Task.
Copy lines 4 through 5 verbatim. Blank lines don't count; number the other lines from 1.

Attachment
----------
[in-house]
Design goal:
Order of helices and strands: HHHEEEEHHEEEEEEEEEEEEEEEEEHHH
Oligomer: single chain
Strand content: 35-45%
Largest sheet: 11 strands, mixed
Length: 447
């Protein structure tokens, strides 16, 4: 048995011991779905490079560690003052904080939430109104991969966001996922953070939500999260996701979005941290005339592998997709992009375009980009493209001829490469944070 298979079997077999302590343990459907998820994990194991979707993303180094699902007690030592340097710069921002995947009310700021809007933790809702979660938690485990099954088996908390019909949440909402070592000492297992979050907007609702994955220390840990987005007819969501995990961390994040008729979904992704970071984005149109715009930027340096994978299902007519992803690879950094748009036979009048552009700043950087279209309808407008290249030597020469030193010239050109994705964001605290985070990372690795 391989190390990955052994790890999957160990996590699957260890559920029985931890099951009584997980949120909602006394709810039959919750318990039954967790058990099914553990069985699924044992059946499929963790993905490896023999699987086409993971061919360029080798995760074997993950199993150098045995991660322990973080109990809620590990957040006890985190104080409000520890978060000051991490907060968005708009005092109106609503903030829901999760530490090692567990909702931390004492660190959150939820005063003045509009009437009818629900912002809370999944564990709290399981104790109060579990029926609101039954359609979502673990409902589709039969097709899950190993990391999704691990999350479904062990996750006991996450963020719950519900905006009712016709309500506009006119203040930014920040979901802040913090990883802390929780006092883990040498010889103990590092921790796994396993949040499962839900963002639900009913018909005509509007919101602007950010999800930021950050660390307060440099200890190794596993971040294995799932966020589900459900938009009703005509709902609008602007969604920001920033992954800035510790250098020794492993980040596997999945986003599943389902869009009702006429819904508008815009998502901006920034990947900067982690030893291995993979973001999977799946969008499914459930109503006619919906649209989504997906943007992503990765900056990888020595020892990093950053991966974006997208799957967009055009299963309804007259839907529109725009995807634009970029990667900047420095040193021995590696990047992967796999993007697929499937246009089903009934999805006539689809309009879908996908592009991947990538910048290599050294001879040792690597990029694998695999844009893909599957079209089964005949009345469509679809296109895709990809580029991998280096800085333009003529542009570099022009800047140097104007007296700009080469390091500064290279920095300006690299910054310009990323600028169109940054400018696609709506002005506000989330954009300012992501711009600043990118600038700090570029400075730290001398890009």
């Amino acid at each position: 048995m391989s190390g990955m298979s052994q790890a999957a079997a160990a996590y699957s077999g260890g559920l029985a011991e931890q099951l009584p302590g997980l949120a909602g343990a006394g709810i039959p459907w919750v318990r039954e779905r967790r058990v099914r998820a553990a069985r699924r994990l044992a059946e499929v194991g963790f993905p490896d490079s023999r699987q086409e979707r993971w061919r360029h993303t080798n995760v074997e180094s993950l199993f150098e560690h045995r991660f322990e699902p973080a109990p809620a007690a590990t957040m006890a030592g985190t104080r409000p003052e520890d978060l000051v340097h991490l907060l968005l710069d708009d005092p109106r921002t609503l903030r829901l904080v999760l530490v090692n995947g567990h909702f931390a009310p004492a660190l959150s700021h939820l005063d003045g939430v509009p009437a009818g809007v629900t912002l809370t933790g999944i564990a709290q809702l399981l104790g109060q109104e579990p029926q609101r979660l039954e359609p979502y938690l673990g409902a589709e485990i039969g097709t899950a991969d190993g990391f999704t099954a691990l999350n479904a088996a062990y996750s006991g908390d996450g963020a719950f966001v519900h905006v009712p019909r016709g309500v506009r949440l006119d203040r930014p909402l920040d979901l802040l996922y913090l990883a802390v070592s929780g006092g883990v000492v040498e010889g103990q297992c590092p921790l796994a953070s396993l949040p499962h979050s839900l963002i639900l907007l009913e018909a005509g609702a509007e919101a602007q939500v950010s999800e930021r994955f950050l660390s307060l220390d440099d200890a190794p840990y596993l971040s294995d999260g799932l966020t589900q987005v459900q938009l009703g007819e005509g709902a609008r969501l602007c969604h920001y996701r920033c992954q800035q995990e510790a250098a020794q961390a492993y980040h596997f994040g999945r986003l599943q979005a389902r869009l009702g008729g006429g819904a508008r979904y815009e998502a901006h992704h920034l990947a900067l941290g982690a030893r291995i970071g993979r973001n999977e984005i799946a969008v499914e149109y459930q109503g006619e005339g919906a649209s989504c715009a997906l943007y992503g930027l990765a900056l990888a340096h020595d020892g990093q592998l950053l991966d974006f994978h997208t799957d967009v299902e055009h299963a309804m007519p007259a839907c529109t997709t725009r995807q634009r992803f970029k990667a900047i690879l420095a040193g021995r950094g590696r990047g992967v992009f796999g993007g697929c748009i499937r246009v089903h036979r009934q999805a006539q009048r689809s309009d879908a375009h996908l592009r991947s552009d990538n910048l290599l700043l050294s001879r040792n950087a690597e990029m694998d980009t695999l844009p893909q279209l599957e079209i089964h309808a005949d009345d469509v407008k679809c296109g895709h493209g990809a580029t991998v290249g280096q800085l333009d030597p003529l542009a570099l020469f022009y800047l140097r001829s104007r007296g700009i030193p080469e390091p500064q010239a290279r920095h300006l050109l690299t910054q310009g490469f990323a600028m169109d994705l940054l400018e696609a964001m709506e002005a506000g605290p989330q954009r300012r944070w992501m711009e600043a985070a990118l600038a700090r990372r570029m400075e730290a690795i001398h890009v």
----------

Oligomer: single chain
Strand content: 35-45%